Plants of Concern

Citizen Science Rare Plant Monitoring Program

Research

Bee on flower

Plants of Concern volunteers are an essential part of a team that includes scientists and researchers. The research team includes a wide range of specialists, including a molecular ecologist at the Chicago Botanic Garden and a doctoral candidate who studies rare plant conservation.

Holly Bernardo

Holly Bernardo is a Ph.D. student at Washington University in St. Louis. She studies rare plant conservation from multiple angles. In her collaboration with Plants of Concern, she is conducting viability analyses on a range of rare plants in Illinois. She has three goals for this project:

  1. To compare the viability of state protected (endangered and threatened) versus nonprotected rare species;
  2. To determine what characteristics of a rare species make it more or less likely to receive protection status (e.g. restricted geographic range, habitat specific);
  3. To determine if the characteristics that make a rare species more likely to receive protection status accurately predict the species most in need of protection status (i.e. those with the greatest risk of extinction).

This work will result in detailed population viability assessments of many rare Ilinois plants that can be used to further the conservation efforts of those species and their habitats.

Jeremie Fant, Ph.D.

Jeremie Fant is a molecular ecologist at the Chicago Botanic Garden who is interested in the genetic diversity of rare species. Even though we tend to think of them as a collective group, every rare species has very different reasons for its rarity. So although Dr. Fant’s work focuses on genetic data, he believes that field data is an invaluable component of all his studies, helping to ensure that the biology and ecology of the species inform the outcomes of the genetic analysis. He has worked with Plants of Concern on a number of species including Cirsium hillii, Asclepias lanugunosa, Castilleja sessiliflora, and Ammophila breviligulata. Visit his research webpage.

The following is a list of his publications that includes Plants of Concern data:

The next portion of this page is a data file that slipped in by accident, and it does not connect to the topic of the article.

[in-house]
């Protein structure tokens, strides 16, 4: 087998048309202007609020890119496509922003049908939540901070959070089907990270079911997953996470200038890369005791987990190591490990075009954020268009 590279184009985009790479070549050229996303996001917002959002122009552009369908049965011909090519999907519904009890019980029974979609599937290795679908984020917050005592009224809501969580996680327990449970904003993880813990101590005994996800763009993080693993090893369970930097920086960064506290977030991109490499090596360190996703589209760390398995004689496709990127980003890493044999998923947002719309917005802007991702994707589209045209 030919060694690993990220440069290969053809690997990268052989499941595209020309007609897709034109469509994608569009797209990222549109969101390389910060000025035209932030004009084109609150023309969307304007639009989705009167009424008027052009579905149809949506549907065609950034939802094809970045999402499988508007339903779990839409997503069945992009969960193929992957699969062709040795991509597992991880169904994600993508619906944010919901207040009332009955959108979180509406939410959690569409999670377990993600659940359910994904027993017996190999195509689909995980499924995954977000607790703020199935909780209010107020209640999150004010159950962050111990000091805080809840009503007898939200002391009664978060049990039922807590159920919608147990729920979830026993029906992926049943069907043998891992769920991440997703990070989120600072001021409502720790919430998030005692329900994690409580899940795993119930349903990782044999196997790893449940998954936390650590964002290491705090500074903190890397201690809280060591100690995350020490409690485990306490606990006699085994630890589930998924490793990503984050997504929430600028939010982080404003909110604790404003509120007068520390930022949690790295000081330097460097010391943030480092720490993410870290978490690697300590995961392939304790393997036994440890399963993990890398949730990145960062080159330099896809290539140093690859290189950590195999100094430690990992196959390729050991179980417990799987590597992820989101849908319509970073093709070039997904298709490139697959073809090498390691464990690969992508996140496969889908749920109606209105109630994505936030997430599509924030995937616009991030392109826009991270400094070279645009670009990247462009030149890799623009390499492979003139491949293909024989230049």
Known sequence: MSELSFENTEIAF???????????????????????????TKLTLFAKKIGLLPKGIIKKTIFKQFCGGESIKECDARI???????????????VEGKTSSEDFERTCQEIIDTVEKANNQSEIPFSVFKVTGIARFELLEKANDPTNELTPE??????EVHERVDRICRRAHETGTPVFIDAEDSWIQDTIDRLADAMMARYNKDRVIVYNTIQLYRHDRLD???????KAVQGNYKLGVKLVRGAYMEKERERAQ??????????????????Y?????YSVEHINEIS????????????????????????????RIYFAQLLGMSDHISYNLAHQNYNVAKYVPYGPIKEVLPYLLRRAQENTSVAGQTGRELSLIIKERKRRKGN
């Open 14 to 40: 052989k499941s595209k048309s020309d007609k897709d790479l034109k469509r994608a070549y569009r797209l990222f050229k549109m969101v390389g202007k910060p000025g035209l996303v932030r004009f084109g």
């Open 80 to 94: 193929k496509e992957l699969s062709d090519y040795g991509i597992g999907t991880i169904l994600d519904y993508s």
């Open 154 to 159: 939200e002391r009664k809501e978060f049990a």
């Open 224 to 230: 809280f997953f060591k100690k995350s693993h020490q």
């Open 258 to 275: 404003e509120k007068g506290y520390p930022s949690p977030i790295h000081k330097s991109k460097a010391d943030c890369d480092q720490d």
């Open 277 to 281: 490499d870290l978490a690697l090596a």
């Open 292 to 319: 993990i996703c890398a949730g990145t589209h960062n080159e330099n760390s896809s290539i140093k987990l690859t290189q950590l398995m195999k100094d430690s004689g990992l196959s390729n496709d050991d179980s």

Kim, E.S., D.N. Zaya, J.B. Fant and M.V. Ashley (2015) Genetic factors accelerate demographic decline in rare Asclepias species. Conservation Genetics 16(2) pp. 359-369.

Fant, J.B., R.M.Holmstrom, E. Sirkin, J.R. Etterson, and S. Masi (2008) Genetic structure of threatened native populations and propagules used for restoration, in a clonal species, Ammophila breviligulata (American beachgrass). Restoration Ecology 16 (4) pp. 594-603.

Fant, J.B., Susanne Masi, J.M. Keller, and R. Mann (2007) Investigating the reproductive health of Hill’s thistle (Cirsium hillii) populations in the Chicago region. Chicago Wilderness Journal 5(1).

Dan Fink

Dan Fink has been a Plants of Concern monitor since 2010. He has a master’s degree in geography and environmental studies from Northeastern Illinois University. Bogs and their associated plant communities, particularly carnivorous plants, fascinate him. These interests led him to become a monitor for Plants of Concern. Monitoring northern pitcher plants (Sarracenia purpurea) for Plants of Concern influenced his master’s thesis topic selection. In 2012, with the support of POC, he completed his thesis “The Geographic Distribution of Sarracenina purpurea in Illinois and its Associated Species.” His research culminated in a census of all of the known sub-populations of the northern pitcher plant in Illinois and survey of the plant species sharing its habitat. This research now serves as a historic documentation of pitcher plants in Illinois, and also illustrates the importance of protection and management of the few sites where the plants are found.